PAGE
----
Every once in a while we are fortunate enough to bring you an up-close and personal interview with personalities in the animal world. This week we are fortunate to have the opportunity to talk with one of the most interesting characters we’ve ever met. He’s one that everyone is curious about but few get to meet before their time. Here is our in-depth interview with the Grim Raptor. Due to the importance of our subject this week our interview is being conducted by the Institute’s very own CEO, and President, the man we know mainly as The Director.

TD*: Welcome to the show, I’m kind of at a loss as to what to call you. Is it Mr. Grim, or Raptor, or Ted or GR. What would you prefer?

GR*: GR will work.

TD: Well to start off, I’m sure that our audience would like to know how you came to be called the Grim Raptor.

GR: Well, it’s because I kill stuff.

TD: I see, well that certainly is to the point. That’s all you do?

GR: Yup, hunt ’em down and kill them.

TD: I’m sure we’re all dying to know, how did you get this job. It’s not like you can go down to the Unemployment office and say “Hey Got any openings for a Grim Raptor?” Is there a training program or a guild or Union, what, how does this work?

GR: We don’t usually talk about this, the other Grimmers and me, I mean, this is stuff that is very secret hidden knowledge, arcane kind of stuff you know. But the truth of it was me dad was a Grim Reaper and his dad before him and my grandpa, it goes way back. When I was just a little Raptor fresh out the nest, me Mom and Dad were off at some kind of retreat or convention or something and me and me brother was home alone and we got to squabbling like young Raptor’s do and he said stuff and I said stuff, tempers flared and before long I just pushed him out of the nest. That was it. When the folks got home, Dad took one look and said “That’s it then Ted, you’re a Grim Raptor”.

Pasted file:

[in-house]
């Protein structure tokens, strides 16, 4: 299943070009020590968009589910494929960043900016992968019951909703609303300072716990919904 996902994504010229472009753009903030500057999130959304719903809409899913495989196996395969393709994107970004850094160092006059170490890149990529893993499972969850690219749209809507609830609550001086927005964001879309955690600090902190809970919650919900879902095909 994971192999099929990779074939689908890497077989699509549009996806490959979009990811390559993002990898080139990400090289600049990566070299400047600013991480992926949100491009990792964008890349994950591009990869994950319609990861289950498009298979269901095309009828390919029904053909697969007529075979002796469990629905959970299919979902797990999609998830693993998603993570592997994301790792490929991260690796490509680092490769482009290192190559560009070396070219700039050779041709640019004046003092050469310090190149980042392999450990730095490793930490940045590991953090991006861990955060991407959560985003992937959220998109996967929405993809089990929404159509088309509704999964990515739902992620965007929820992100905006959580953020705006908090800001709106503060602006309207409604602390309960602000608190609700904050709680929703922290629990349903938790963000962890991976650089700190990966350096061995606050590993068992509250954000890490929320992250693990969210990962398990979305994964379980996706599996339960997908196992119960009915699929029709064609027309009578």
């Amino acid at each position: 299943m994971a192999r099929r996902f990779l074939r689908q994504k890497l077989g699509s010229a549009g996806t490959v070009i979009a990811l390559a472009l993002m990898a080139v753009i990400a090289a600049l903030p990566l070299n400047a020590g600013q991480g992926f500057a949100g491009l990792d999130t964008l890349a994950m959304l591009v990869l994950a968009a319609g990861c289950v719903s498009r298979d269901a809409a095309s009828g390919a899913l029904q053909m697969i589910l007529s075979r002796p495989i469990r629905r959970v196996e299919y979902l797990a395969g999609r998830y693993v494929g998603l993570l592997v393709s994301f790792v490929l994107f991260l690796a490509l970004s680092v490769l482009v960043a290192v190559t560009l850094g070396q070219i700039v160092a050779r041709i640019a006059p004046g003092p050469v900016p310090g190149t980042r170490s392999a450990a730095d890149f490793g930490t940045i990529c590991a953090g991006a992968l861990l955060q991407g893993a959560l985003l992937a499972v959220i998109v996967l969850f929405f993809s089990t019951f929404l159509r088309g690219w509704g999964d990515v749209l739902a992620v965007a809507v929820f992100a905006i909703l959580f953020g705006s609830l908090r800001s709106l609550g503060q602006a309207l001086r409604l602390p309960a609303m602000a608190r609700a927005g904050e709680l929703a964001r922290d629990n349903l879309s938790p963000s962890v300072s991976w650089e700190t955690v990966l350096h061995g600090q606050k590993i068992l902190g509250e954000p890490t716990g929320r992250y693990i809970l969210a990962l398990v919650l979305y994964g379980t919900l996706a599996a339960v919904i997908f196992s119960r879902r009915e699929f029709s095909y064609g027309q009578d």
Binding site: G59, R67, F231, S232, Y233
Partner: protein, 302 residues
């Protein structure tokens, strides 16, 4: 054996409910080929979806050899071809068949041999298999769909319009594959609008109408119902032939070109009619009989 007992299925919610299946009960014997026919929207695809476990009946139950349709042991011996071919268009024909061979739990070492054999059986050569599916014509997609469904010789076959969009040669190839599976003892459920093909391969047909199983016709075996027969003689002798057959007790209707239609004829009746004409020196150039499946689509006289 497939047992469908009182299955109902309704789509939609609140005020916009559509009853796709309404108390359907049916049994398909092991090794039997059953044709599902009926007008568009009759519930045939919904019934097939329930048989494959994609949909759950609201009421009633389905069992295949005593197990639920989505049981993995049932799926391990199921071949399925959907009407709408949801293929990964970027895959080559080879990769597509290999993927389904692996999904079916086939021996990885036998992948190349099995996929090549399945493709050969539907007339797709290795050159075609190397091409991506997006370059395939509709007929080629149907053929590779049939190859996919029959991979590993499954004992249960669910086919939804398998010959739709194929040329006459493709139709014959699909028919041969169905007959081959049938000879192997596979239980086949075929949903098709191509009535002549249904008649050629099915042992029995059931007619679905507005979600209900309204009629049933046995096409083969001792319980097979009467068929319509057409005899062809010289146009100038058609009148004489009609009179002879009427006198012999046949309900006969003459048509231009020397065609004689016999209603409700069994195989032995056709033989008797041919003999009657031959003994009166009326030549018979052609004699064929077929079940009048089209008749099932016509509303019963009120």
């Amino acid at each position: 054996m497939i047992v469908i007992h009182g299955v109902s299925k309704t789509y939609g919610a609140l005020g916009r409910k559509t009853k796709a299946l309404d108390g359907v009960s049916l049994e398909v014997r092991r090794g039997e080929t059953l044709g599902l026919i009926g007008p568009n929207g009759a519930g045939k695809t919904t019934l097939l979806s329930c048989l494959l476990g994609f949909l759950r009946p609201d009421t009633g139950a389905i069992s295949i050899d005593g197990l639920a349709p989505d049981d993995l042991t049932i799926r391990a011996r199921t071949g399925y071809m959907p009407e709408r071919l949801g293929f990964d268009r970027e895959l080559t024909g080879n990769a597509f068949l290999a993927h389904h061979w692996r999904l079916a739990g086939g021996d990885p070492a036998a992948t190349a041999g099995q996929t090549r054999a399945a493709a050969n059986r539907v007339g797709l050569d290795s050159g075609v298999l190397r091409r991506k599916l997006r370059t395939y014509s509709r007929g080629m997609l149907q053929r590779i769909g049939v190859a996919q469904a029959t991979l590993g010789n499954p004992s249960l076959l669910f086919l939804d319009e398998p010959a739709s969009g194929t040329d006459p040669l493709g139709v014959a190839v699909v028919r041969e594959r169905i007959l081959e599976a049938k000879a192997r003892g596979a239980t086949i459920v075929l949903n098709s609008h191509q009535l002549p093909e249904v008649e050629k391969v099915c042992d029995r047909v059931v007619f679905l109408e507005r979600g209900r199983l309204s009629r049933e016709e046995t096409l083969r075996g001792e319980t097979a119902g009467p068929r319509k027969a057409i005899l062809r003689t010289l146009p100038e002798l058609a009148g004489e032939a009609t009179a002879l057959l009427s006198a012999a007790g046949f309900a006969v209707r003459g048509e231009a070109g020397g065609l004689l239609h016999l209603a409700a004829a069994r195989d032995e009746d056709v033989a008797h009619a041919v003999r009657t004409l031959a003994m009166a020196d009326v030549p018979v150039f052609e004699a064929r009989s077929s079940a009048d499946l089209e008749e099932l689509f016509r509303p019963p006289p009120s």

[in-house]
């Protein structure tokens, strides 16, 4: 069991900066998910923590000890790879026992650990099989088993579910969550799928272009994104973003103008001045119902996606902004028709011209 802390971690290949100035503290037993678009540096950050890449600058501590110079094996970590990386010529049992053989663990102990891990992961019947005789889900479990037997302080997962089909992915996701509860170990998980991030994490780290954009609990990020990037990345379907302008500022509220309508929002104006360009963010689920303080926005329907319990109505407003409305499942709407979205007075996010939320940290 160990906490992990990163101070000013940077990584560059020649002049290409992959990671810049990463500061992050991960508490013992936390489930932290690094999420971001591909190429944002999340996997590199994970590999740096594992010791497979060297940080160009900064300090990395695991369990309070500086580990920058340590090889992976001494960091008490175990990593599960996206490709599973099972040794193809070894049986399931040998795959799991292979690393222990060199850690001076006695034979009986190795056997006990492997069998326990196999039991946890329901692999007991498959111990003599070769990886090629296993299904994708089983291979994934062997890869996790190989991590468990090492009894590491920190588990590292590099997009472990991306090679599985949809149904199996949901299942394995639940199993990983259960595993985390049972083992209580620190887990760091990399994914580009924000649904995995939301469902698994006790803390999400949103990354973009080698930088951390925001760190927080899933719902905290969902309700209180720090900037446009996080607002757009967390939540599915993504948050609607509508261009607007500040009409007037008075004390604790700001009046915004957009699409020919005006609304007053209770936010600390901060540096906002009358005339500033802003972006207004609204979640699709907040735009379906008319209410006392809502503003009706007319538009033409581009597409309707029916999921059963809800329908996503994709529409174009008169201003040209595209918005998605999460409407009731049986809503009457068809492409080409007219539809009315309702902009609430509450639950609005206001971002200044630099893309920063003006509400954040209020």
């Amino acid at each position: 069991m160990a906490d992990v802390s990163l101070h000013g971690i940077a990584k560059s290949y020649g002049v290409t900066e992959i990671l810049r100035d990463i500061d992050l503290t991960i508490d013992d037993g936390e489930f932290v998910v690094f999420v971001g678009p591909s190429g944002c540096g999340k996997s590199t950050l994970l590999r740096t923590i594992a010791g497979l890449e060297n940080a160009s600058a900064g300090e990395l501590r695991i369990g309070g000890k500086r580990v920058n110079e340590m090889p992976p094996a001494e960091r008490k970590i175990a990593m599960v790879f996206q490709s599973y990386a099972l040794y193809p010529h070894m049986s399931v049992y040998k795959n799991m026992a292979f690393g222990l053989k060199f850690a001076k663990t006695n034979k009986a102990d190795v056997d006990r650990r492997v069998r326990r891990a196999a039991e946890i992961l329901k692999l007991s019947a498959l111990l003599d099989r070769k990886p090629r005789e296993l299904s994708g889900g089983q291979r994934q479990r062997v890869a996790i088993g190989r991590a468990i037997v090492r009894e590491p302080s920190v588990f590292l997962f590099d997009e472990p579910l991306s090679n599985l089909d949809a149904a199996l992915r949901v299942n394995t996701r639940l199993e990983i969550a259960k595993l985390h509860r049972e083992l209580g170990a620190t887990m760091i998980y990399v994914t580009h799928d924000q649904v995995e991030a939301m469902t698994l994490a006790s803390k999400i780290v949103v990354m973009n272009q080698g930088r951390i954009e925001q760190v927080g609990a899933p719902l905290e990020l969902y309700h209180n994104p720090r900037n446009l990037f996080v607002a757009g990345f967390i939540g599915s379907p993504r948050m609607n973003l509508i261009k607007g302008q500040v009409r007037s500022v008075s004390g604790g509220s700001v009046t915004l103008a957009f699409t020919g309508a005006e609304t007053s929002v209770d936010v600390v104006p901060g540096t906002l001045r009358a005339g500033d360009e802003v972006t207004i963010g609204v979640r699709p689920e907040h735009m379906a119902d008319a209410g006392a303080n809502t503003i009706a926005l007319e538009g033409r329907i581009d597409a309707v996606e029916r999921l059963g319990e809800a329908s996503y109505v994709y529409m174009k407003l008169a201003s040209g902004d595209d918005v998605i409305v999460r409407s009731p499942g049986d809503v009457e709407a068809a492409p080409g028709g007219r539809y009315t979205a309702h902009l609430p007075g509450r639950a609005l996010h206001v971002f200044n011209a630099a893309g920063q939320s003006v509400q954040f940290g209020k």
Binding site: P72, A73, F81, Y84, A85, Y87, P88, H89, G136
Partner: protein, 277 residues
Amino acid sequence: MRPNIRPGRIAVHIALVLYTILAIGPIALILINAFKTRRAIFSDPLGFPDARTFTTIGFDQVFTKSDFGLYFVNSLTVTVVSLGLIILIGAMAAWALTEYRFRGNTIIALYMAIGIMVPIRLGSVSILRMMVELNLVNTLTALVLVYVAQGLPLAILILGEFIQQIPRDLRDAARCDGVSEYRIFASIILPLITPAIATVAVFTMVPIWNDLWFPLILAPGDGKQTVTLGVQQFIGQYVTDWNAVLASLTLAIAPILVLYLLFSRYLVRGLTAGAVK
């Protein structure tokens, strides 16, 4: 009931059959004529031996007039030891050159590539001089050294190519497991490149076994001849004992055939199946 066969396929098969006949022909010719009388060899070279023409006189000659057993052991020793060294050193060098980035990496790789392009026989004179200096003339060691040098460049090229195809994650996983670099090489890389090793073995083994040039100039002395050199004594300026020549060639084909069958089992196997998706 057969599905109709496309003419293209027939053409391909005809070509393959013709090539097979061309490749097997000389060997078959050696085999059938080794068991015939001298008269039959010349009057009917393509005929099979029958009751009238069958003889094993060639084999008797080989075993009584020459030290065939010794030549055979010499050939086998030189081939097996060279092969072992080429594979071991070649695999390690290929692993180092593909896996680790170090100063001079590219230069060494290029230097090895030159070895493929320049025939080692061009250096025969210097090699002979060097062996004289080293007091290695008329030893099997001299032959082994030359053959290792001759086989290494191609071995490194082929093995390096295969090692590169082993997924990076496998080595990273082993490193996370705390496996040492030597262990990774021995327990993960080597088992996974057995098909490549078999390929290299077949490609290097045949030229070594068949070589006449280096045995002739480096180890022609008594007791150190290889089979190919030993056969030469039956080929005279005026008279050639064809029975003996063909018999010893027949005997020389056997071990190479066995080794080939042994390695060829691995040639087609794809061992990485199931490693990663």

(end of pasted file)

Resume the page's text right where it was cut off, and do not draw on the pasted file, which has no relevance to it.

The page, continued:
TD: Wow. You pushed your brother out of the nest? How could  you do that?

GR: Yeah, well, he was a whiney little twit, always trying to get up on nest edge so he’d get the first mouse that the folks brought back, always hogging the shade, hanging around with mom telling her stuff I’d do while they was gone, so I just got my head up under his wing and pushed and out he went. Simple really.

TD: Ok, well uh, moving along, you mentioned earlier that there were Grimmers. What are Grimmers? Are there are more than one of you who does what you do?

GR: Yeah, sure, there’s bunches of us. See, it ain’t that big of a secret really, every group has somebody who is the Grim Raptor of their group, they don’t call ’em Grim
Raptors of course, they all have their own names for them. I can’t tell you what they are because of the pact we made at the last get together but they’re out there. Even you guys have one. Death. He’s a scary bastard that one. I know we ain’t supposed to say his name but man, he makes us look like Sunday school teachers. Watch out for him.

TD: I didn’t  know that. I knew about death of course, but I didn’t know there was one for every type of being on the planet. That’s amazing.

GR: Right, it’s a big job isn’t it, and the big guy can’t do it alone so he farms parts of it out, outsourcing like, and so that’s how this all gets done. Makes sense then doesn’t it, when you think about it I mean. Uh oh, Looks like I got to cut this short. There’s a rabbit over there that I’ve been looking for. Got to go, See you later, well it probably won’t be me but it’ll be somebody. Until then, Be Good.

TD: (Long Silence…) So that concludes our interview with the Grim Raptor. I’m sure   you all found that informative, as did I, and I was going to say that I hope we’d have him back soon but on second thought, let’s do somebody different next time.

*TD The Director  * Grim Raptor